London's football territories as seen by 'The Soccer Tribe'
The short answer is that you can’t . London’s football rivalries are as impenetrable as Jamie Carragher’s accent. They do not obey the strict rules of geography, they shift over time as relegations dent ambition or minor grudges get blown out of shape, and even at the same club, different supporters will have different rivals, some reflecting age, others temperament.
Take Chelsea. Chelsea are based in south-west London, just a mile away from Fulham – the two clubs share a postcode and after many years apart have now shared a division for the best part of a decade. But while Fulham hate Chelsea, I have never met a Chelsea fan who considers Fulham their rivals. How can they? Fulham are lovely, probably the cutest club in England. Every time I look at Roy Hodgson, I want to tickle him.
Most Chelsea fans instead plump for Tottenham, who brood far way in north-east London. The reasons for this rivalry are, like William Brown’s feud with Hubert Lane, lost to history but may have something to do with a) Jimmy Greaves; b) the 1967 FA Cup final; c) anti-semitism.
It doesn’t end there, though.
Other Chelsea fans, those with loftier ambitions, choose to hate Arsenal, the biggest and most successful club in London by far. A third batch, the type with scary faces and nicknames like ‘Doom’, go for West Ham, that den of resentment and blown dreams along the District Line, for reasons that have much to do with certain off-pitch incidents that have taken place over the years in pubs and stations all over London. But also because Chelsea and West Ham share certain psychological frailties that bigger clubs like Spurs and Arsenal do not understand.
Most London clubs have similarly confused rivalries. Arsenal are the most straightforward – they hate Spurs. And Spurs hate them, although some Spurs fans have a marked dislike for Chelsea, who have all but usurped their place as the second biggest club in London and aren’t shy to remind them of it.
Rounding off London’s distinctive strain of anti-Spurs feeling, West Ham also hate Tottenham – like Chelsea, they know Arsenal are untouchable at the top of the London pyramid, but feel Spurs are gettable. But West Ham fans also hate Chelsea and Millwall. Now Millwall hate West Ham, but Charlton hate Millwall. Charlton also hate Crystal Palace, who hate Brighton, which really screws things up. Nobody really knows who Leyton Orient hate – although Wiki says Southend.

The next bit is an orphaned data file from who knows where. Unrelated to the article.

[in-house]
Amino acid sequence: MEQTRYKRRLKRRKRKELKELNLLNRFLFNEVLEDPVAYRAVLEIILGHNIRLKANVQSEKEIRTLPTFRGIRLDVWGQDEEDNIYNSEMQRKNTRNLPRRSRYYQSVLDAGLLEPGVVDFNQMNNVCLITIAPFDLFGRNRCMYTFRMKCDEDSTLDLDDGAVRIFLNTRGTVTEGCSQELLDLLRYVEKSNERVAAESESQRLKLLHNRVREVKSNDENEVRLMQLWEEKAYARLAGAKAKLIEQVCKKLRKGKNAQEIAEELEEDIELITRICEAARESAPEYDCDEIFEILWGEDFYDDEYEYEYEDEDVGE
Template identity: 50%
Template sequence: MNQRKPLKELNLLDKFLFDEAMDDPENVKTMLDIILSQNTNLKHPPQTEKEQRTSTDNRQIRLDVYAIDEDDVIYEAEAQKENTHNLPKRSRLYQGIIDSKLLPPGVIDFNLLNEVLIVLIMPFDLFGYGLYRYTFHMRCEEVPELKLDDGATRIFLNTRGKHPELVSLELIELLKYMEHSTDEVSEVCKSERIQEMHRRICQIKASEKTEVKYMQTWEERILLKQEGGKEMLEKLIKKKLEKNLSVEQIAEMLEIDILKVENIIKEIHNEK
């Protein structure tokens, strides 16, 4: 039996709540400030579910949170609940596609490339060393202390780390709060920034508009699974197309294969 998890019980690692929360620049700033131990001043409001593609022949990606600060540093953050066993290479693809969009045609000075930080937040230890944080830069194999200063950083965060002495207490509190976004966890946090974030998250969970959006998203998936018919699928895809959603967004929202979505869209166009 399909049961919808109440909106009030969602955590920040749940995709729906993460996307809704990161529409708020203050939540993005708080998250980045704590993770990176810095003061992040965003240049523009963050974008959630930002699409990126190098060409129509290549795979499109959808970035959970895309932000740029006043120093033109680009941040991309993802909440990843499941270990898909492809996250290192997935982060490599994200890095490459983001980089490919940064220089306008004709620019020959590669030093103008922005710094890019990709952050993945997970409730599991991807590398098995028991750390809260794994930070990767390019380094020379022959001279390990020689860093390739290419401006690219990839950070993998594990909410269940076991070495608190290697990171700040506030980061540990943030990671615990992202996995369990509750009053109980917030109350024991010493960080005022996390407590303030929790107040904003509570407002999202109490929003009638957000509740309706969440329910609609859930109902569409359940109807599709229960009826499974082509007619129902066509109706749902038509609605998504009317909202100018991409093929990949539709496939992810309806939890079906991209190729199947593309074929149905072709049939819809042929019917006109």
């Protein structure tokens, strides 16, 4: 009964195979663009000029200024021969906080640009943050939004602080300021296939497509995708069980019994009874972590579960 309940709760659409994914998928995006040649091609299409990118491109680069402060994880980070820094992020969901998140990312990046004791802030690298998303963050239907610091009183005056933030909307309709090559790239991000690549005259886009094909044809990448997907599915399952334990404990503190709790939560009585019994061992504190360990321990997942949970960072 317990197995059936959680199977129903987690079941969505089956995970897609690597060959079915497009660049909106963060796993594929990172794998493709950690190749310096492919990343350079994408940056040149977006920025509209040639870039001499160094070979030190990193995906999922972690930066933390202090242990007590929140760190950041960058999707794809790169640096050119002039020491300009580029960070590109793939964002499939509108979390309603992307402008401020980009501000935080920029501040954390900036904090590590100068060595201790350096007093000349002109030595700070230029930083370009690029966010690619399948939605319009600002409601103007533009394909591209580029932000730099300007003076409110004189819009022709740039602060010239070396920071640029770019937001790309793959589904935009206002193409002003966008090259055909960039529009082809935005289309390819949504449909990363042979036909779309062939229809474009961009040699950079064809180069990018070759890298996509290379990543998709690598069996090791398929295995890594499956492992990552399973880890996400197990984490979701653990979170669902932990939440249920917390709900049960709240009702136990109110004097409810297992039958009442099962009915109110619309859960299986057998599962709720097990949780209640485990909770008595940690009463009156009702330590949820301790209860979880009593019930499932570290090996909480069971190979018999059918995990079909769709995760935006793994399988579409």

You might think that’s already quite enough hate for one post – in fact, you might even be wondering why we should discuss hate at all – but it gets even more confusing over in West London. Fulham’s Fayed-inspired rise through the divisions has seen them mount a stepladder of hate – first Brentford, then QPR, now Chelsea. QPR have made a similar trip in the opposite direction, but while they refuse to get involved in any sort of rivalry with Brentford, they haven’t got much choice because nobody else will pay them the slightest bit of attention.
And we haven’t even started on non-league clubs yet.
It’s a soap opera, isn’t it?
Why all the hate? Well, most football fans are aware that their chosen club is unlikely to win anything in any given season, so if they ‘unsupport’ (a term conceived by When Saturday Comes many years ago) another club, preferably a local rival, they can take vicarious satisfaction when they lose. It’s a form of hedge betting and means that even though Spurs haven’t won anything substantial for decades and regularly get beaten by Arsenal, they can take tremendous pleasure in each and every defeat experienced by their bigger rivals.
Personally, I hate hate.